Meet Liz

Liz is a music teacher at a private girls’ school in Melbourne and she is a self-titled “technophobe”.


Like most music teachers I meet, she feels she is behind with technology and a little worried about her (perceived) lack of skills. I’ve worked with Liz a number of times: we’ve done some one-on-one Sibelius training in the past which have covered the creation of classroom worksheets and other resources. We’ve even done a session covering general, non-music-specific IT skills and spent some time organising her digital files.


What sets Liz apart from many others though, is her enthusiasm and willingness to learn. Even though she can become overwhelmed by the possibilities (and there are many!), she is determined that the music department at her school incorporates technology in a meaningful way. She even hopes that one day they might be ahead of the curve; a leading example of technology integration.


It’s because of this positive attitude and her motivation to learn new things that I know Liz will go far.

The Big Picture

So recently we’ve been looking at the bigger music technology picture for her school: we’ve been examining the school’s resources and discussing adaptable technology projects that can be integrated into their music curriculum throughout all of the years 5-12.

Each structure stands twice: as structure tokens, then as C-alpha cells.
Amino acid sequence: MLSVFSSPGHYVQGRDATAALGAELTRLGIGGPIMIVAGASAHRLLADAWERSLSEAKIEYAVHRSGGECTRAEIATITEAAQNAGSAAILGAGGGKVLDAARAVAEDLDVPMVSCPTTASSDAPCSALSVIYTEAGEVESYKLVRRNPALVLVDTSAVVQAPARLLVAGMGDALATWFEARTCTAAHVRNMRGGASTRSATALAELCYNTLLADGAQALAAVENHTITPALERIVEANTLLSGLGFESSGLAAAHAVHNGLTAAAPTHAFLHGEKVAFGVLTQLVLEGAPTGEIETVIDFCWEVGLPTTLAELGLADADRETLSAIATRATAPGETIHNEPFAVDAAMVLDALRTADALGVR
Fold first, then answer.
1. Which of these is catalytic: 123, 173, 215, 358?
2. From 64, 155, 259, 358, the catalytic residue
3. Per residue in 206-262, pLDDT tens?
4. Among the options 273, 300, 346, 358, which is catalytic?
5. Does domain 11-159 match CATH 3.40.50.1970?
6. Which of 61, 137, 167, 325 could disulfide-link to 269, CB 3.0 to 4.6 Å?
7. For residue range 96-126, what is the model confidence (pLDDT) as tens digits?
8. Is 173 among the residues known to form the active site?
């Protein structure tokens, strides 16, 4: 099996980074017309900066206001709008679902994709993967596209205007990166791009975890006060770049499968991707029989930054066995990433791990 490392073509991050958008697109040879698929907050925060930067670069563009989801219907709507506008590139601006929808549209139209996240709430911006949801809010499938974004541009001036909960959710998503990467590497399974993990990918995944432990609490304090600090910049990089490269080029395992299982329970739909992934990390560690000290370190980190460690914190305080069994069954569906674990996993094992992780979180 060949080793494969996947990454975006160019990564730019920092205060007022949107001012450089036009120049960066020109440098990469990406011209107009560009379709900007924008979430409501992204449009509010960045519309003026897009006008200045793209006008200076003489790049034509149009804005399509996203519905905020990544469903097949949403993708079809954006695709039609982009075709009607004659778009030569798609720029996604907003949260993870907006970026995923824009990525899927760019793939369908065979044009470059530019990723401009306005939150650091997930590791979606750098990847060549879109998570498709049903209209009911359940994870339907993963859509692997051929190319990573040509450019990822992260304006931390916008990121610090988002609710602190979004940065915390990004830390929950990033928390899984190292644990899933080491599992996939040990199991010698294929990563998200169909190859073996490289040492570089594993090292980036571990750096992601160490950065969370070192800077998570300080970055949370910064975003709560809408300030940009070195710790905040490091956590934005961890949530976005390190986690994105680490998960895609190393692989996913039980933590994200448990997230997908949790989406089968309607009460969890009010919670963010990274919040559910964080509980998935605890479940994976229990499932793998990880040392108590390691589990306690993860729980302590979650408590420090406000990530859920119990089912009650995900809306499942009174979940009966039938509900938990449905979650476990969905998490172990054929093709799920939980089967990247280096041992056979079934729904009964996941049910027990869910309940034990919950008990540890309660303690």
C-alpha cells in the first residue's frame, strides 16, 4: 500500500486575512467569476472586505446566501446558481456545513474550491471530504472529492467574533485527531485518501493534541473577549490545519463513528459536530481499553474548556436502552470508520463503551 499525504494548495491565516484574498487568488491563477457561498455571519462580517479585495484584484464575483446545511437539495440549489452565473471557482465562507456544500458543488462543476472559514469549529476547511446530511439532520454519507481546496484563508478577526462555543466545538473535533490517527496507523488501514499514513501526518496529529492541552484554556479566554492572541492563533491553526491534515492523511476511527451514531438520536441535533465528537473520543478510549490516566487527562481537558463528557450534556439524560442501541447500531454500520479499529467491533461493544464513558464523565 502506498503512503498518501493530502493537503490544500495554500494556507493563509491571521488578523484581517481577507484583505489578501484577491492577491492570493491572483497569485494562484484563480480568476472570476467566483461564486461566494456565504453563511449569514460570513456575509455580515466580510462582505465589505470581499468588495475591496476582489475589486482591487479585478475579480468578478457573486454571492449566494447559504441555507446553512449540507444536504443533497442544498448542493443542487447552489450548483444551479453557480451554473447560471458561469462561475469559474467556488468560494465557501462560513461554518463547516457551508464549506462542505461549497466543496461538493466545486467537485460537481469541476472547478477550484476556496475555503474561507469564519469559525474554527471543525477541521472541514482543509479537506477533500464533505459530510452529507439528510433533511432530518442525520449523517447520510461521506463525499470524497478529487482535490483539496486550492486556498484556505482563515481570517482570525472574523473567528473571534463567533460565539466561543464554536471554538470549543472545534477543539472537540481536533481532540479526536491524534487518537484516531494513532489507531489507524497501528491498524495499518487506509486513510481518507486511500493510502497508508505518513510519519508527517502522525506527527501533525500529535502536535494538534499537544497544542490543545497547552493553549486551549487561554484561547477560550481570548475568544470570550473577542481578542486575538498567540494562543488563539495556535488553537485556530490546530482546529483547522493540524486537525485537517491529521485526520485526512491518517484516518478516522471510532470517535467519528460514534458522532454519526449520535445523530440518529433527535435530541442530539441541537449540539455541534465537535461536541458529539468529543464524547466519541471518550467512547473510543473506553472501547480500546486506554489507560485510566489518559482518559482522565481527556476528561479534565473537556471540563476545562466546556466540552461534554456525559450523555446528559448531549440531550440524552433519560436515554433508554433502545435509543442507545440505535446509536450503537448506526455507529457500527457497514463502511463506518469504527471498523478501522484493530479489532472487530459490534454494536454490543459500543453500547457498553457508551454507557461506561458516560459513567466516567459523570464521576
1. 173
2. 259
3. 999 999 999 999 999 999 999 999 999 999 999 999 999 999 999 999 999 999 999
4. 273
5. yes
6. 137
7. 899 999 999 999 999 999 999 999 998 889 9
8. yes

It’s not use of technology for technology’s sake. Liz sees the importance of moving with the times, of taking advantage of all the great things technology has to offer: portability, access, ease, affordability and differentiated learning.

Music Technology Stocktake

Lately, I’ve visited a number of schools, who – just like Liz’s school – want to do a “stocktake” of their music technology resources and skills:

  • what they have
  • what they need
  • what their aims are
  • how best to use technology effectively
  • how to ensure their teachers are trained to implement it all

It’s apparent that technology is here to stay and its presence is increasing all the time through teacher laptops, 1:1 student laptop programs, school computer labs and iPads or other mobile devices. Liz, like most teachers, wants to seamlessly integrate the technology into the school’s current music curriculum, so that it becomes an extension of what they currently do.

Stay Tuned

I hope you’ll join me as I track the progress of Liz and her school. Stay tuned for part 2 where I report on our first meeting, carry out the music tech stocktake, make some software and hardware suggestions and discuss music technology projects that suit students in years 5 through 12.

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